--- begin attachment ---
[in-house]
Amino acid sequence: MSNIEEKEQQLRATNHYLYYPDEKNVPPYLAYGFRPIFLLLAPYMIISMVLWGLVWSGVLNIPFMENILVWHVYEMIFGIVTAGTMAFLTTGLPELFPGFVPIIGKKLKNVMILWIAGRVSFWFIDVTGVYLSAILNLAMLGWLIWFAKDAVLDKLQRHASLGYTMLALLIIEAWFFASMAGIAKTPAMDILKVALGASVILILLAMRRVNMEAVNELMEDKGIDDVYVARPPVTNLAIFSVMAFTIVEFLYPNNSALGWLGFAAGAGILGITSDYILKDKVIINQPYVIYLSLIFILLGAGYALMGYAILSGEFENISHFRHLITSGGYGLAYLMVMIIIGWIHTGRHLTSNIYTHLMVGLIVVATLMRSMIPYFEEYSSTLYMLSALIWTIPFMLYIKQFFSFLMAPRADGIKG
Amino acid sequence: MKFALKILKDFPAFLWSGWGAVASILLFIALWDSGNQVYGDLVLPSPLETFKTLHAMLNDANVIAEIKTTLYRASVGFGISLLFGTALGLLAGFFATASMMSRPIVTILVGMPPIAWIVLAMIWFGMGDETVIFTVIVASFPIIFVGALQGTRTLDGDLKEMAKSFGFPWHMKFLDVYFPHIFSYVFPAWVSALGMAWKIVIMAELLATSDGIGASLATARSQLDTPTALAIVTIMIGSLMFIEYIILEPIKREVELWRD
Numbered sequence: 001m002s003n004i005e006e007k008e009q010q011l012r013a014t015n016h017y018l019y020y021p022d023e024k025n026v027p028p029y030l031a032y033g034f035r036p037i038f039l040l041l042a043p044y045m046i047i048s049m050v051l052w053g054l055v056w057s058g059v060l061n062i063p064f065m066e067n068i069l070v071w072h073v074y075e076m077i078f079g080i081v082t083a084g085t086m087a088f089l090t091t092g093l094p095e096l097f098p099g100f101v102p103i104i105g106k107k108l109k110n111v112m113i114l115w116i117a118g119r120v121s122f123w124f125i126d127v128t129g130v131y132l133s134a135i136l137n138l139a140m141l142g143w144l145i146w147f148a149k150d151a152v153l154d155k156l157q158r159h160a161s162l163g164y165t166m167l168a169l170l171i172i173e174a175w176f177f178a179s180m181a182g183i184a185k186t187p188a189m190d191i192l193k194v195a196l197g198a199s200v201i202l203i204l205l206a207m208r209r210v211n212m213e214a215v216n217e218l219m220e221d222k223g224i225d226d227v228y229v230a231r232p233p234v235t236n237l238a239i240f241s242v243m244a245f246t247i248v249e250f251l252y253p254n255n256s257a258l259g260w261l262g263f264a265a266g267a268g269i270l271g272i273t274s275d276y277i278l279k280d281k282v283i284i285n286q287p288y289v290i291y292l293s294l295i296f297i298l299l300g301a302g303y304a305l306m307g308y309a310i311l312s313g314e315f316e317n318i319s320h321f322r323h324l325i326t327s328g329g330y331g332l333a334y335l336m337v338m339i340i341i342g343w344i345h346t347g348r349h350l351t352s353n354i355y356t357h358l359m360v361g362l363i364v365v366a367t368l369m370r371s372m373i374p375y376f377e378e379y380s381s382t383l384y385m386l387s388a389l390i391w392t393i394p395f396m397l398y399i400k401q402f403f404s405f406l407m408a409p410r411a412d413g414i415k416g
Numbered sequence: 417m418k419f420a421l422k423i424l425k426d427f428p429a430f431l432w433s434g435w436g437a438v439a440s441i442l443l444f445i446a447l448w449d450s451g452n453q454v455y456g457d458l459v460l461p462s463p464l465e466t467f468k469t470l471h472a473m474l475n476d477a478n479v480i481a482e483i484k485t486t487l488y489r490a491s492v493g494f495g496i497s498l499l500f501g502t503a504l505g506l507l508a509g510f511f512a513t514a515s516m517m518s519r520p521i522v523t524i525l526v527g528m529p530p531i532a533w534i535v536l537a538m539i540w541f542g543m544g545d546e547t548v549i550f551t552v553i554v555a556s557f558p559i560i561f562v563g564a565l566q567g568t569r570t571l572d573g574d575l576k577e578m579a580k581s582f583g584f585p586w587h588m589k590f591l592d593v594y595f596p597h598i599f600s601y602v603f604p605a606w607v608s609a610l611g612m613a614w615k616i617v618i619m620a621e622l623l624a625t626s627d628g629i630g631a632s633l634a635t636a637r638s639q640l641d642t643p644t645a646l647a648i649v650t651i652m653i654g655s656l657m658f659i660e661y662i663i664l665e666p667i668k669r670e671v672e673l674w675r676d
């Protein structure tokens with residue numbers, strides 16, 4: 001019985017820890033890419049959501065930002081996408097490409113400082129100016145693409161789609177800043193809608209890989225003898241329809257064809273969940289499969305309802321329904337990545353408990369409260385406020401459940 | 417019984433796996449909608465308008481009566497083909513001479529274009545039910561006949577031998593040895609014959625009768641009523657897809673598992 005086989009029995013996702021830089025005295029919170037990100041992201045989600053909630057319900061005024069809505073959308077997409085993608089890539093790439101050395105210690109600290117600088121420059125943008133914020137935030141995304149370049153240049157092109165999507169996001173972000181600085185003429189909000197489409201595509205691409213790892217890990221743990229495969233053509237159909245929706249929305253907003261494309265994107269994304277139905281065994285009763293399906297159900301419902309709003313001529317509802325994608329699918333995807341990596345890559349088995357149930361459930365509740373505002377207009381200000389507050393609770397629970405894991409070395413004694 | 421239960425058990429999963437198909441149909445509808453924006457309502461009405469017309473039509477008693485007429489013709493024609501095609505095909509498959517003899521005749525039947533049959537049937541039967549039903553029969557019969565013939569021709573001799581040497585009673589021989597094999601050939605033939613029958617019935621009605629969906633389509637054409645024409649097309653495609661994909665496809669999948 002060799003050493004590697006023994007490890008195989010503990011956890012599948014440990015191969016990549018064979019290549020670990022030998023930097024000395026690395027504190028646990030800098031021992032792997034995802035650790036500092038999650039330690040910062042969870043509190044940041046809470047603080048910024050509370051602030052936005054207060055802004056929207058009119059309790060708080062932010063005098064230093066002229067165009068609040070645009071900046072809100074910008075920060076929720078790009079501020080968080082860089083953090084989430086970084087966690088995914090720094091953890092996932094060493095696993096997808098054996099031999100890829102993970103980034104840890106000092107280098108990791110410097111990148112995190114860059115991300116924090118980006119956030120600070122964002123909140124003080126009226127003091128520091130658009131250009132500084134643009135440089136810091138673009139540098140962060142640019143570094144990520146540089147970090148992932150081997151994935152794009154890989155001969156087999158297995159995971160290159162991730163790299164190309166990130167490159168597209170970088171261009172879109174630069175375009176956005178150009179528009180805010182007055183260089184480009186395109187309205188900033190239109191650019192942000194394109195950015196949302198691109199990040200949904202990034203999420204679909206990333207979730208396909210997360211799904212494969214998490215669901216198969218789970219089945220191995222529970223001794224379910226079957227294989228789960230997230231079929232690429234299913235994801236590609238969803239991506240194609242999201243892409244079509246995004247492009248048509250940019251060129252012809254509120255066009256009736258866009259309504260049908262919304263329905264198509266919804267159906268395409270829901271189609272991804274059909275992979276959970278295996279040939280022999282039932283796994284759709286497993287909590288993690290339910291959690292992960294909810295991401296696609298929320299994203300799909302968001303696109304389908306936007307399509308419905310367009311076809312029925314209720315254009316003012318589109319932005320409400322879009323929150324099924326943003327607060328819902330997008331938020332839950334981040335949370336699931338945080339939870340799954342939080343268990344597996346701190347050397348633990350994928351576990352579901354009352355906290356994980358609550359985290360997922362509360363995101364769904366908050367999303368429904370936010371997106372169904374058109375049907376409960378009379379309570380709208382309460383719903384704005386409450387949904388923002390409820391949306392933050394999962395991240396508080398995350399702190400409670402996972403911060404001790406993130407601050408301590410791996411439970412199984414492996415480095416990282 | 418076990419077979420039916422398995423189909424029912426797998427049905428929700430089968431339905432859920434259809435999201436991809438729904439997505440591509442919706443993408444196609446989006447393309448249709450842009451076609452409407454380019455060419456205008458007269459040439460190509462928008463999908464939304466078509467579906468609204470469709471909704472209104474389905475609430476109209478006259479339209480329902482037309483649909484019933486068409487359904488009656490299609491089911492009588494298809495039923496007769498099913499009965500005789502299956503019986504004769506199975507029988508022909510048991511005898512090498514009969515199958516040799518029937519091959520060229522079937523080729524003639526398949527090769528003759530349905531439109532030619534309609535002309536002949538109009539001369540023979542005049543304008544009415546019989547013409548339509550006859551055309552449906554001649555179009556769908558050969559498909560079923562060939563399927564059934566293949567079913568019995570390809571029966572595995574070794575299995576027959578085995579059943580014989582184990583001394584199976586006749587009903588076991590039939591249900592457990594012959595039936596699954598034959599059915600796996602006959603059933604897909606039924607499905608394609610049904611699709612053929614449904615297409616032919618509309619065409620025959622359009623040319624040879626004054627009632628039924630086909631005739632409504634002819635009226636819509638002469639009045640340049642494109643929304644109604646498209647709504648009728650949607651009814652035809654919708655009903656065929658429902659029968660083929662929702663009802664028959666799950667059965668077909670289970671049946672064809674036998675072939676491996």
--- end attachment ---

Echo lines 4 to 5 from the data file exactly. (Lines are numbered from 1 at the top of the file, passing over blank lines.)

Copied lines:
Numbered sequence: 001m002s003n004i005e006e007k008e009q010q011l012r013a014t015n016h017y018l019y020y021p022d023e024k025n026v027p028p029y030l031a032y033g034f035r036p037i038f039l040l041l042a043p044y045m046i047i048s049m050v051l052w053g054l055v056w057s058g059v060l061n062i063p064f065m066e067n068i069l070v071w072h073v074y075e076m077i078f079g080i081v082t083a084g085t086m087a088f089l090t091t092g093l094p095e096l097f098p099g100f101v102p103i104i105g106k107k108l109k110n111v112m113i114l115w116i117a118g119r120v121s122f123w124f125i126d127v128t129g130v131y132l133s134a135i136l137n138l139a140m141l142g143w144l145i146w147f148a149k150d151a152v153l154d155k156l157q158r159h160a161s162l163g164y165t166m167l168a169l170l171i172i173e174a175w176f177f178a179s180m181a182g183i184a185k186t187p188a189m190d191i192l193k194v195a196l197g198a199s200v201i202l203i204l205l206a207m208r209r210v211n212m213e214a215v216n217e218l219m220e221d222k223g224i225d226d227v228y229v230a231r232p233p234v235t236n237l238a239i240f241s242v243m244a245f246t247i248v249e250f251l252y253p254n255n256s257a258l259g260w261l262g263f264a265a266g267a268g269i270l271g272i273t274s275d276y277i278l279k280d281k282v283i284i285n286q287p288y289v290i291y292l293s294l295i296f297i298l299l300g301a302g303y304a305l306m307g308y309a310i311l312s313g314e315f316e317n318i319s320h321f322r323h324l325i326t327s328g329g330y331g332l333a334y335l336m337v338m339i340i341i342g343w344i345h346t347g348r349h350l351t352s353n354i355y356t357h358l359m360v361g362l363i364v365v366a367t368l369m370r371s372m373i374p375y376f377e378e379y380s381s382t383l384y385m386l387s388a389l390i391w392t393i394p395f396m397l398y399i400k401q402f403f404s405f406l407m408a409p410r411a412d413g414i415k416g
Numbered sequence: 417m418k419f420a421l422k423i424l425k426d427f428p429a430f431l432w433s434g435w436g437a438v439a440s441i442l443l444f445i446a447l448w449d450s451g452n453q454v455y456g457d458l459v460l461p462s463p464l465e466t467f468k469t470l471h472a473m474l475n476d477a478n479v480i481a482e483i484k485t486t487l488y489r490a491s492v493g494f495g496i497s498l499l500f501g502t503a504l505g506l507l508a509g510f511f512a513t514a515s516m517m518s519r520p521i522v523t524i525l526v527g528m529p530p531i532a533w534i535v536l537a538m539i540w541f542g543m544g545d546e547t548v549i550f551t552v553i554v555a556s557f558p559i560i561f562v563g564a565l566q567g568t569r570t571l572d573g574d575l576k577e578m579a580k581s582f583g584f585p586w587h588m589k590f591l592d593v594y595f596p597h598i599f600s601y602v603f604p605a606w607v608s609a610l611g612m613a614w615k616i617v618i619m620a621e622l623l624a625t626s627d628g629i630g631a632s633l634a635t636a637r638s639q640l641d642t643p644t645a646l647a648i649v650t651i652m653i654g655s656l657m658f659i660e661y662i663i664l665e666p667i668k669r670e671v672e673l674w675r676d